Although I’m late to the party, I recently added a tagline to my blog. After a year of contemplation it finally hit me what my blog was really and truly about. I’m a DIY, budget conscious equestrian and many of my blog posts strongly follow this theme. That’s why this week’s blog post is especially fitting.
Last fall, a dear friend of mine who manages a boarding stable and lesson business got new jumps. She wisely and beautifully replaced hers with ones constructed of PVC. The good news for me is my friend is also incredibly generous.
Rather than simply throwing away her old jumps made of wood, she gave them to me. She knows that, by necessity, I am frugal which means that while I am always looking to improve the quality of my at home training I have to do so inexpensively. She also knew that although her old jumps needed a little work, I was definitely someone capable of breathing new life into them.
I had hoped to begin restoring the jumps over my Fall Break from school but my life being as busy as it is, that just didn’t happen. In fact, half of my summer vacation had passed before I decided that I simply could not postpone the project any longer. So…at the end of June I retrieved the jumps from where I had stored them in our pole barn and lined them up for pressure washing. Here’s what they looked like on the first day post pressure wash.
You can see that they needed some TLC. For some of them it was a little hard to imagine the end goal. Luckily, I have vision. Once the jumps were clean, it made it easier to examine the wood for rot as well as potential places that could be mended.
In Phase 2, pictured next, my husband and I patched what could be salvaged and saved the remainder, if at all possible, for spare parts. Bases, for example, take a lot of wear and tear so it’s good to have some extras on hand. Very little went to waste. After they were patched, I went over them with a wire brush to remove any remaining dirt as well as peeling paint.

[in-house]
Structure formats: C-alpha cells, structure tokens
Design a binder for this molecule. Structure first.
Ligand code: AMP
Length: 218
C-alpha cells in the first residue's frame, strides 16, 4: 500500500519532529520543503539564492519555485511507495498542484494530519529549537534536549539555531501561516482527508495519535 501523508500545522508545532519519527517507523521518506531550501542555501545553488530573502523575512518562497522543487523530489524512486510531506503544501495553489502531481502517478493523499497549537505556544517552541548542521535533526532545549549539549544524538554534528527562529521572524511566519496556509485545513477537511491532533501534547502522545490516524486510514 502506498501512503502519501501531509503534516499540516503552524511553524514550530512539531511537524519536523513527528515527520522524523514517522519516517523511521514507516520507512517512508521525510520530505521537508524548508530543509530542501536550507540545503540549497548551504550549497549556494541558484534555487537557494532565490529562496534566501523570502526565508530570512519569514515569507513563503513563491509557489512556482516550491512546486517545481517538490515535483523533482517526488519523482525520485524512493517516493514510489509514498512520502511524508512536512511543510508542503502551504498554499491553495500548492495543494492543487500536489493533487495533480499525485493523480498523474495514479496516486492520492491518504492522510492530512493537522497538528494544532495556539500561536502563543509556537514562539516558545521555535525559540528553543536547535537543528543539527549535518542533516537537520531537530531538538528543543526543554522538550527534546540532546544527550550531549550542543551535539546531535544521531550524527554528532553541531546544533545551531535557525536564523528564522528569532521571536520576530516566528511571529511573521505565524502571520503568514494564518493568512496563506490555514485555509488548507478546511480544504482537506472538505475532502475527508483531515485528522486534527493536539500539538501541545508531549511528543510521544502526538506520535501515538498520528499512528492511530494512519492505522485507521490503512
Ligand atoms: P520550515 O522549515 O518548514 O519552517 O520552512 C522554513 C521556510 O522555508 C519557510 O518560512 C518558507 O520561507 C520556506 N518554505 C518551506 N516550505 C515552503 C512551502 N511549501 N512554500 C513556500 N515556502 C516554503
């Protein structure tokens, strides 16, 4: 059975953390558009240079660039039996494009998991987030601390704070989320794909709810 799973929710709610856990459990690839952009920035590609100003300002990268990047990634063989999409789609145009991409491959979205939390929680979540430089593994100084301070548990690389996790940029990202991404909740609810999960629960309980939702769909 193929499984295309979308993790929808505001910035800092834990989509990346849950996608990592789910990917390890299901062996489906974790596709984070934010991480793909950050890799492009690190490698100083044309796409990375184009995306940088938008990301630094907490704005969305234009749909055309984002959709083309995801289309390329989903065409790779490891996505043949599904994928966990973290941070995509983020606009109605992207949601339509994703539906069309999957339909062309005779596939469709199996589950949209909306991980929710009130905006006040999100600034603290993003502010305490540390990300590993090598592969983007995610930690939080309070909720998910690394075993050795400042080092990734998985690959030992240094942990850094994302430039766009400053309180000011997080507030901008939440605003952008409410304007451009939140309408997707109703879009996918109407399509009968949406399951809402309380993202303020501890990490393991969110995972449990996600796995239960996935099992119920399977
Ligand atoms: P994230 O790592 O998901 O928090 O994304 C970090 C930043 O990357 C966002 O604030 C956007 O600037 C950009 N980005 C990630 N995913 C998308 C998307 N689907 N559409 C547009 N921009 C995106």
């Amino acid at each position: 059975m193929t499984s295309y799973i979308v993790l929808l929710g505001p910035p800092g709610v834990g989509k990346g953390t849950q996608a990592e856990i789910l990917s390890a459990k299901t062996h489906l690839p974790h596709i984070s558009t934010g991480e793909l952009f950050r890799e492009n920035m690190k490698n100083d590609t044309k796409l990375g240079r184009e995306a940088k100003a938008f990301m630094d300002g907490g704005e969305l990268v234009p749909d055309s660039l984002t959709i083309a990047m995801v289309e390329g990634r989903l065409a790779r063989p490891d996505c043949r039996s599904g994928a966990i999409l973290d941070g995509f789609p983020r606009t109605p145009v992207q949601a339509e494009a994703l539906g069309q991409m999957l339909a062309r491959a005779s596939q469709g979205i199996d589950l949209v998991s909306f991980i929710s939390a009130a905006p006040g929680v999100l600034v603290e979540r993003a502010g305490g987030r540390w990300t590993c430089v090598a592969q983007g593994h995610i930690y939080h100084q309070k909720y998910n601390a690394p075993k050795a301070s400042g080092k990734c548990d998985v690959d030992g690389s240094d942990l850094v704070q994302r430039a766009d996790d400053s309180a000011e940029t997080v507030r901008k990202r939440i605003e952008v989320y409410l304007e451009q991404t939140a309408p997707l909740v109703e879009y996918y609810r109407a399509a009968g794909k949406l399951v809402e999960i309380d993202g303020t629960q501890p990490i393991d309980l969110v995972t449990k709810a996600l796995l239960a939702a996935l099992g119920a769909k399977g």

In the Phase 3, once the jumps were ready to paint, we arranged them for ease of painting. My arena is outdoors so it’s especially important to cover all surface areas with paint for protection from the weather. Below is a picture of what that looked liked.
Finally, in Phase 4, we applied the paint. While each of the above phases took anywhere from thirty minutes to a couple of hours, this last phase took five solid hours of painting and two gallons of paint. My husband, who has been known to bale me out of some my hair brained schemes, had to come to the rescue with cantaloupe and water after I rather stupidly dehydrated myself three hours in. I had forgotten my water at home but thinking that the day was overcast (it was still the hottest day of the year) and I would be in the shade, I didn’t bother to go back and get it. Thankfully, my condition wasn’t too serious and after replenishing myself over about a thirty minute period I was able to go back to work. Thankfully, he continued to paint while I rested and stayed to help me until I finished.
Now, after a little tweaking to our patch job, some re-touching of the paint, as well as painting where the bases will make contact with the ground, these jumps will be as weather proof and sturdy as I can make them and ready to make their way to my arena. You can really see the changes and the progress that we made in this final photograph. Coming in at just over a $50 investment for paint, we already had on hand the tools and screws we used for patching, these jumps look great.
They are really going to look nice in my arena and be a huge benefit to my at home training program. To get an idea as to the money we saved, I recently saw a single set of brand new schooling standards similar to some of the ones photographed advertised for $200 not including shipping. I’m really thankful to my friend for gifting them to me and to my husband for all of his help.